October 21, 2014
October 20, 2014
October 19, 2014
Second Circuit Rejects Application of McDonnell Douglas to New York City Human Rights Law – But Grants Summary Judgment Under More Lenient Analysis
The U.S. Court of Appeals for the Second Circuit recently affirmed a district court’s summary judgment dismissal of a lawsuit that an attorney filed against her former employer alleging race discrimination under federal, state and New York City law. In Simmons v. Akin Gump Strauss Hauer & Feld, LLP, 2013 U.S. App. LEXIS 1571 (2d Cir. 2013), the Court explained that the trial court had erroneously applied the McDonnell Douglas analysis to a New York City Human Rights Law claim, rather than only to the federal and state claims. Nonetheless, the Second Circuit concluded that the trial court properly dismissed all of the claims.
Plaintiff Tameka Simmons worked as an associate for defendant law firm, Akin Gump Strauss Hauer & Feld, LLP (“Akin Gump”), from 2007 to late 2009. In 2009, the firm was “experiencing significant economic difficulties.” For economic reasons, Akin Gump laid off forty-seven attorneys in March 2009. In April 2009, the firm announced deferred start dates for incoming associates. In June 2009, the firm converted a full-time associate to an hourly employee. At the end of 2009, the firm discharged Simmons.
Simmons filed a lawsuit against Akin Gump in the U.S. District Court for the Southern District of New York. Her claims included race discrimination in violation of: (1) Section 1981 of the Civil Rights Act of 1866, 42 U.S.C. § 1981; (2) Title VII of the Civil Rights Act of 1964, 42 U.S.C. § 2000e et seq.; (3) the New York State Human Rights Law, N.Y. Exec. Law § 296; and (4) the New York City Human Rights Law, NYC Admin. Code § 8-101 et seq. After discovery, Akin Gump filed a motion for summary judgment. The district court granted the motion, dismissing the lawsuit in its entirety. Simmons appealed.
The Second Circuit analyzed the federal and state claims under the “burden-sifting framework” of the McDonnell Douglas case. In so doing, the Court considered whether Simmons could establish a prima facie case of discrimination by showing: (1) that she was a member of a protected class; (2) that her job performance was satisfactory; (3) that she experienced an adverse employment action; and (4) “circumstances giving rise to an inference of discrimination” based on her membership in the protected class.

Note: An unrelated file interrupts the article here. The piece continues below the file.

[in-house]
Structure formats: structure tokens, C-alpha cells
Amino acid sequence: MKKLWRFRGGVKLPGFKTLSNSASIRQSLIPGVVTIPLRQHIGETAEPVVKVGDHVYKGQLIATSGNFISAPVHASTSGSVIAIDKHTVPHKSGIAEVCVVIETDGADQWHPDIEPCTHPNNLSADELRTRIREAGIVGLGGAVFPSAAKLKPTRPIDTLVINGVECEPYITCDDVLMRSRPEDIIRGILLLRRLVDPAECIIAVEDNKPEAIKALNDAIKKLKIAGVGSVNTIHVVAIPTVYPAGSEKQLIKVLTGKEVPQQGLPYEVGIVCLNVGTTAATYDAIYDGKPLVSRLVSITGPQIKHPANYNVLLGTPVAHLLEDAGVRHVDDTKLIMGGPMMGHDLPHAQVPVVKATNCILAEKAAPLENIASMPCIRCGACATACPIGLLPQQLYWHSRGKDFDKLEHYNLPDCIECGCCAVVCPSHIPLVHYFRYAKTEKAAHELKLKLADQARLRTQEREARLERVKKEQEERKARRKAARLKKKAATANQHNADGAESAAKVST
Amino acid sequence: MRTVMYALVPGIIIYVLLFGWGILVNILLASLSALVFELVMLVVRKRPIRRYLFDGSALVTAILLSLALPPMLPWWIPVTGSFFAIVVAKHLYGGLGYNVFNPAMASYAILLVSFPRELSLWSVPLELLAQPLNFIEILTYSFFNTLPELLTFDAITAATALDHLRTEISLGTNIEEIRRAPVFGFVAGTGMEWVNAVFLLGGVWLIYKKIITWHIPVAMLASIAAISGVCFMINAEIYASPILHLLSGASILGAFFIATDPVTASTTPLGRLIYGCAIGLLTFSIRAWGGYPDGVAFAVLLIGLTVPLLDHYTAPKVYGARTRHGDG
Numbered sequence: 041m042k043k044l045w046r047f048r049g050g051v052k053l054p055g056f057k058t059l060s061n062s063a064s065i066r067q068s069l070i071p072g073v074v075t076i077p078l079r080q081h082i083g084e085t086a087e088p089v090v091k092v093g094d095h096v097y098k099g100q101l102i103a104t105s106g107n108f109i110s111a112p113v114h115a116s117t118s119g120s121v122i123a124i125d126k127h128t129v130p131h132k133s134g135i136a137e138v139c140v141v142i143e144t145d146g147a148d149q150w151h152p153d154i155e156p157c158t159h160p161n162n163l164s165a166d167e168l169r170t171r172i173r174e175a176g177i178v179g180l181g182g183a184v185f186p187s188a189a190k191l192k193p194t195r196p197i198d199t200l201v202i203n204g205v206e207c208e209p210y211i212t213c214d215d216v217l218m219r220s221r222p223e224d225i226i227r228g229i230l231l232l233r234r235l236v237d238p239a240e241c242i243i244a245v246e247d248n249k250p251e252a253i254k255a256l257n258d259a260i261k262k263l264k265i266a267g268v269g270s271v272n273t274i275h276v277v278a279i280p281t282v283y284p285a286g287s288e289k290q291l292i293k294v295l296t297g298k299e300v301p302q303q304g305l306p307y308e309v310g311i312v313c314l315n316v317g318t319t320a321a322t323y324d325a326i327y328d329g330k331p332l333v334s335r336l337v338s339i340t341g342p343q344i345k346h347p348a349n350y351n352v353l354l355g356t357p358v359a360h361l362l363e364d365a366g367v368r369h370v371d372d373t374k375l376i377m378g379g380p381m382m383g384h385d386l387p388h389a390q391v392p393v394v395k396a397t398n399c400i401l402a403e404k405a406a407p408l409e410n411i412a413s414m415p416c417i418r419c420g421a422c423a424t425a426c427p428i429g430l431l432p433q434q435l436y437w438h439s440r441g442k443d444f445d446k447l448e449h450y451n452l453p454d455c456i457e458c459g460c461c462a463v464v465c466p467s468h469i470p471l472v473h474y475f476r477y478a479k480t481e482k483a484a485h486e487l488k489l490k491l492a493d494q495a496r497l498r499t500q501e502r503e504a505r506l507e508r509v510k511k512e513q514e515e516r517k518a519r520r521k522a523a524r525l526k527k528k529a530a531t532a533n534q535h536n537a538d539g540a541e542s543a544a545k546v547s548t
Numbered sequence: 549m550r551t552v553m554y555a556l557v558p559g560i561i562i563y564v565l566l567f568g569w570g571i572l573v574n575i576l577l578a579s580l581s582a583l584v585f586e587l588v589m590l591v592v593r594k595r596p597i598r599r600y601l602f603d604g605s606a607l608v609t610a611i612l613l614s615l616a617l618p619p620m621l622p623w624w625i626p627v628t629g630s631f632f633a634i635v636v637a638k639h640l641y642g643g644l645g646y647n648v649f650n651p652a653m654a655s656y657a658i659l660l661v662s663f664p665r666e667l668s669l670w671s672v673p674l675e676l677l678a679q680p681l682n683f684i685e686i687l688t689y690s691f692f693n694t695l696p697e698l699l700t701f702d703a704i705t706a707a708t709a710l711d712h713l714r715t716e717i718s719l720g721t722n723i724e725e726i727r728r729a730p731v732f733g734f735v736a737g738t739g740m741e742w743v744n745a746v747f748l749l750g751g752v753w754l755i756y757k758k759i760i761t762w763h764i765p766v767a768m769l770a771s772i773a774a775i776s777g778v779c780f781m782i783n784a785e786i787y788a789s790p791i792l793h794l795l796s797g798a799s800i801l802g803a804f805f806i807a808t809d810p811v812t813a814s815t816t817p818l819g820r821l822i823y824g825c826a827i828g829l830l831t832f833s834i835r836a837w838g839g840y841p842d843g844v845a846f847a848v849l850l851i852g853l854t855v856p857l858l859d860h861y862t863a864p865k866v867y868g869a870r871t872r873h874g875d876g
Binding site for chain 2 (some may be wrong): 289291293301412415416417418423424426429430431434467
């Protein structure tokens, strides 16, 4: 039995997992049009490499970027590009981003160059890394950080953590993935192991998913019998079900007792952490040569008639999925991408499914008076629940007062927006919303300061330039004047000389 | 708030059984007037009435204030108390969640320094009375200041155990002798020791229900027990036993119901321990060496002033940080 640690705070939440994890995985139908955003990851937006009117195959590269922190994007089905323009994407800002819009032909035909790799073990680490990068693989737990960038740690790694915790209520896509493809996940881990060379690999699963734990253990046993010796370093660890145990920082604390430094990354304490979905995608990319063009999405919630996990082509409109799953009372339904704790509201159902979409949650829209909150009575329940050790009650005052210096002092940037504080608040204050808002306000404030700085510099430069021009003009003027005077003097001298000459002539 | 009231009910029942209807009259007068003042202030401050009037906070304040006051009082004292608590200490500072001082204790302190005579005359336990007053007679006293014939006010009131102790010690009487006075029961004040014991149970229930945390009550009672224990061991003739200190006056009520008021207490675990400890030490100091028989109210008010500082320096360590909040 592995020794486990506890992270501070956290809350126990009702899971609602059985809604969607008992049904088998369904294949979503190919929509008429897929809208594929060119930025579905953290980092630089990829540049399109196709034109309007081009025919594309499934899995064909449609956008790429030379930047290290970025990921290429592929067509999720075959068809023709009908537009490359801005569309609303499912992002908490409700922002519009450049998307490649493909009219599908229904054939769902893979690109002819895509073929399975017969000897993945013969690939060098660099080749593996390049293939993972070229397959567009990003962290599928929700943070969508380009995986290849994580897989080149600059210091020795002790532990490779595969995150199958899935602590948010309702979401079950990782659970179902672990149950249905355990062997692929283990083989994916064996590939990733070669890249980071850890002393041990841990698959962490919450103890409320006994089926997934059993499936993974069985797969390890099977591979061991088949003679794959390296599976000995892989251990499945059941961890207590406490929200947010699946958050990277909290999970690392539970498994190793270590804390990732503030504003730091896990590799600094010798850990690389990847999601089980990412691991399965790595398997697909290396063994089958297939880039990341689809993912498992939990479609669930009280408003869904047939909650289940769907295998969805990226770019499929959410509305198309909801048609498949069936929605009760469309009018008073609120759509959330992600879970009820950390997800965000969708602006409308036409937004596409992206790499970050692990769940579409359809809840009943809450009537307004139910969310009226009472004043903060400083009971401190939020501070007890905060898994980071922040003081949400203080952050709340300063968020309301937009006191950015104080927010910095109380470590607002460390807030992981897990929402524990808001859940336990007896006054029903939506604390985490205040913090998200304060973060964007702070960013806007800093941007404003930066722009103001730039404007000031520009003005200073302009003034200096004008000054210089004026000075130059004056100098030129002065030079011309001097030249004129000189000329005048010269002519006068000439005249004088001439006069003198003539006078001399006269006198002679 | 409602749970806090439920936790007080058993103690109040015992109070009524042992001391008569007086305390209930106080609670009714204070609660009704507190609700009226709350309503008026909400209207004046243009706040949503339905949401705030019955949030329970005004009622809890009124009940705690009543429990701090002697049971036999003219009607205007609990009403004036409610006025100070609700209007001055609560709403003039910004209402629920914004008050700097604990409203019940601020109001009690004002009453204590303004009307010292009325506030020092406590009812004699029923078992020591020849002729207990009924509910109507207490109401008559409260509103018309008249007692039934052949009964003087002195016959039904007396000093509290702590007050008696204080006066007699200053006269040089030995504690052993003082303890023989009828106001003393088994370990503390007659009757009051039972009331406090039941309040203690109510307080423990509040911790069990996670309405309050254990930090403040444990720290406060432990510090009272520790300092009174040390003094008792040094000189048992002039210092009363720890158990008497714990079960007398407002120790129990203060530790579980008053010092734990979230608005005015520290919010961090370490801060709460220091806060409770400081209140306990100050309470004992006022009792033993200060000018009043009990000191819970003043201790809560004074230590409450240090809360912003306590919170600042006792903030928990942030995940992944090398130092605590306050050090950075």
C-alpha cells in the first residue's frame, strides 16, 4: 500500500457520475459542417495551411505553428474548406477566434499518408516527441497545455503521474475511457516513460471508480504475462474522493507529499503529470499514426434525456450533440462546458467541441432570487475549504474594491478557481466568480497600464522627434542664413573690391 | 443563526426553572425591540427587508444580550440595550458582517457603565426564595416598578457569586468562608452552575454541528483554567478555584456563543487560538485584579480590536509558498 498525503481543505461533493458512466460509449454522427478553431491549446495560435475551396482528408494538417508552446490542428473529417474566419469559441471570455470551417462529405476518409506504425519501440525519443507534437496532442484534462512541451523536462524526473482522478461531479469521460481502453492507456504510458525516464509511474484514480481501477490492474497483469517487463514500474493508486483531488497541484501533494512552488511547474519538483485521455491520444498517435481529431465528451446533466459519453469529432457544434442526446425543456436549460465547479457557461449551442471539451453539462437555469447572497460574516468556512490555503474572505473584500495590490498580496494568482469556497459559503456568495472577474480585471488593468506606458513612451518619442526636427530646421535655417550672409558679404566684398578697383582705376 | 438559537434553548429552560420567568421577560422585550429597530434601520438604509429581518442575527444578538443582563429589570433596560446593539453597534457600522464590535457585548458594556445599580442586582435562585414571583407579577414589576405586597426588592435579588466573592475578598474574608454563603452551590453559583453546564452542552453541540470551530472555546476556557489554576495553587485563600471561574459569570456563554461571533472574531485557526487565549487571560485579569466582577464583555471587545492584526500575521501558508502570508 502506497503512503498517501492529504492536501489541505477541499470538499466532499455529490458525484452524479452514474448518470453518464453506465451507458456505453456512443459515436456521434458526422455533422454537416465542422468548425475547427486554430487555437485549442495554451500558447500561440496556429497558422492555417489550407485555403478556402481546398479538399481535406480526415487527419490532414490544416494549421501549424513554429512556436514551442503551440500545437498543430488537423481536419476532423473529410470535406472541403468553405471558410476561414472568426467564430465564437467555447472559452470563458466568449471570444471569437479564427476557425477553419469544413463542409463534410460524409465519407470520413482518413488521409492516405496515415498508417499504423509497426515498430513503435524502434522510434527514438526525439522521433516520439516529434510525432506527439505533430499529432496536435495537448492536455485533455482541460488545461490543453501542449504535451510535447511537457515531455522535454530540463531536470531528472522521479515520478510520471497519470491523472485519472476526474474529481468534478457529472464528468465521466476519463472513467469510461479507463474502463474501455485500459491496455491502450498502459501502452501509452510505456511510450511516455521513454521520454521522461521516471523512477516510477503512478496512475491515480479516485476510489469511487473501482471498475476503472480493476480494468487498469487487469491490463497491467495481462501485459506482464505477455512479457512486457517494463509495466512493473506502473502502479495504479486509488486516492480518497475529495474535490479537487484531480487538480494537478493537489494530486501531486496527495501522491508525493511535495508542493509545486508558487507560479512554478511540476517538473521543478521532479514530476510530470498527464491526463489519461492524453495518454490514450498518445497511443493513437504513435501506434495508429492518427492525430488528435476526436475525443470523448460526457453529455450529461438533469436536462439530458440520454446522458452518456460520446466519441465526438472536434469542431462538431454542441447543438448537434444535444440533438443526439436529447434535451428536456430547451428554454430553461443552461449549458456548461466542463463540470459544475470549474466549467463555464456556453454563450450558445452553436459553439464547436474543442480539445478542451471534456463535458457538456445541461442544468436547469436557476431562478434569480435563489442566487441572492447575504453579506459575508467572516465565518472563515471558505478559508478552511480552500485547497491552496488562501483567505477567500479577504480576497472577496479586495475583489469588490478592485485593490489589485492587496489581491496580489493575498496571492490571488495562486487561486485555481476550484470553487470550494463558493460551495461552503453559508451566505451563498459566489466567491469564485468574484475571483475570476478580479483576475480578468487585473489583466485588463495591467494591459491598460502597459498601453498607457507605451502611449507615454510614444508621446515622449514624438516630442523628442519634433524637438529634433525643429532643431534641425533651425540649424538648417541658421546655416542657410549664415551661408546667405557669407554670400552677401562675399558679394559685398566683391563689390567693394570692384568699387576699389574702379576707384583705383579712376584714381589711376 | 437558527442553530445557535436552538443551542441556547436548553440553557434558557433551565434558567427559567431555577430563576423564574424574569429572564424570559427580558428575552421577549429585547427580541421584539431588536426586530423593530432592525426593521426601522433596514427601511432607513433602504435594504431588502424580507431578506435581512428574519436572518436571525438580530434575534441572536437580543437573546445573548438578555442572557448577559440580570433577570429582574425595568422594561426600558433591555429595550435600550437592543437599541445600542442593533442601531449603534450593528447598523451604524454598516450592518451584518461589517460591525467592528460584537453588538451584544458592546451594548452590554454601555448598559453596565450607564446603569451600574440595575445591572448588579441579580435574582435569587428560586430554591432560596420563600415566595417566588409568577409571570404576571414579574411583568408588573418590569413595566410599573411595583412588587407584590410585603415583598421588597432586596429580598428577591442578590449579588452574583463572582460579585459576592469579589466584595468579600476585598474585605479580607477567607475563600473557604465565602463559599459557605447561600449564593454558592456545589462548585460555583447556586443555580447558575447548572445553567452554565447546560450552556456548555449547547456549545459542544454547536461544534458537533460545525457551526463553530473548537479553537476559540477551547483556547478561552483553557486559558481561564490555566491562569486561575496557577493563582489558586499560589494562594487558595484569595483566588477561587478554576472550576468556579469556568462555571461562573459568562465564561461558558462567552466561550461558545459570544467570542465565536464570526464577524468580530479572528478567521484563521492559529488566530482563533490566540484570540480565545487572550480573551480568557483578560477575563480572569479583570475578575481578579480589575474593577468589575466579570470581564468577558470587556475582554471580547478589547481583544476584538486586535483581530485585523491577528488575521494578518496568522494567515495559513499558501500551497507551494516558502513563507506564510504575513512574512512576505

The Court concluded that Simmons could not establish the fourth prong of the analysis, because no evidence gave “rise to a reasonable inference of discrimination due to her race.” According to the Court, the evidence demonstrated that Akin Gump terminated her employment solely for economic reasons.
In any event, the Court explained, even if Simmons had been able to establish a prima facie case of discrimination, she could not have satisfied the next step in the McDonnell Douglas analysis, which was demonstrating that the firm’s proffered reason for her termination was pretextual. To satisfy this burden, Simmons would have had to present “sufficient evidence to support a rational finding that the legitimate, non-discriminatory reasons proffered by [the firm] were false, and that more likely than not discrimination was the real reason for the employment action.” The Court acknowledged that Simmons provided “some evidence” – such as the “low percentage of African-American associates” in her department of the firm – but it was insufficient. According to the Court, “[n]o reasonable jury could have found, on this record, that Simmons was selected for the reduction-in-force at least in part because of her race.”
The Second Circuit then turned to Simmons’ claims under the New York City Human Rights Law. The Court explained that the New York City law “was intended to provide a remedy reaching beyond those provided by the counterpart federal civil rights laws.” Accordingly, under the City law, Akin Gump could only obtain summary judgment by “showing that, based on the evidence before the court and drawing all reasonable inferences in [favor of Simmons], no jury could find that [Akin Gump] treated Simmons ‘less well’ than other employees at least in part because of her race.”
The Second Circuit observed that the district court had erred in failing to apply this more lenient analysis. Nonetheless, even under this analysis, the Second Circuit concluded that Simmons could not maintain her claim. The Court concluded that “Simmons failed to raise a triable issue as to whether she was treated less well than other employees based in whole or in part on discrimination, and not because of the non-discriminatory reasons proffered by [Akin Gump].”
As the Simmons v. Akin Gump case makes clear, the analysis that courts apply to discrimination claims under the New York City Human Rights Law is more lenient than the analysis under federal and state anti-discrimination laws. Employers with New York City employees should be aware of the more liberal analysis, but understand that – even under this analysis – courts will dismiss claims as long as employers can provide adequate support for their decisions. The keys to this effort include maintaining clear policies and documenting reasons for employment decisions.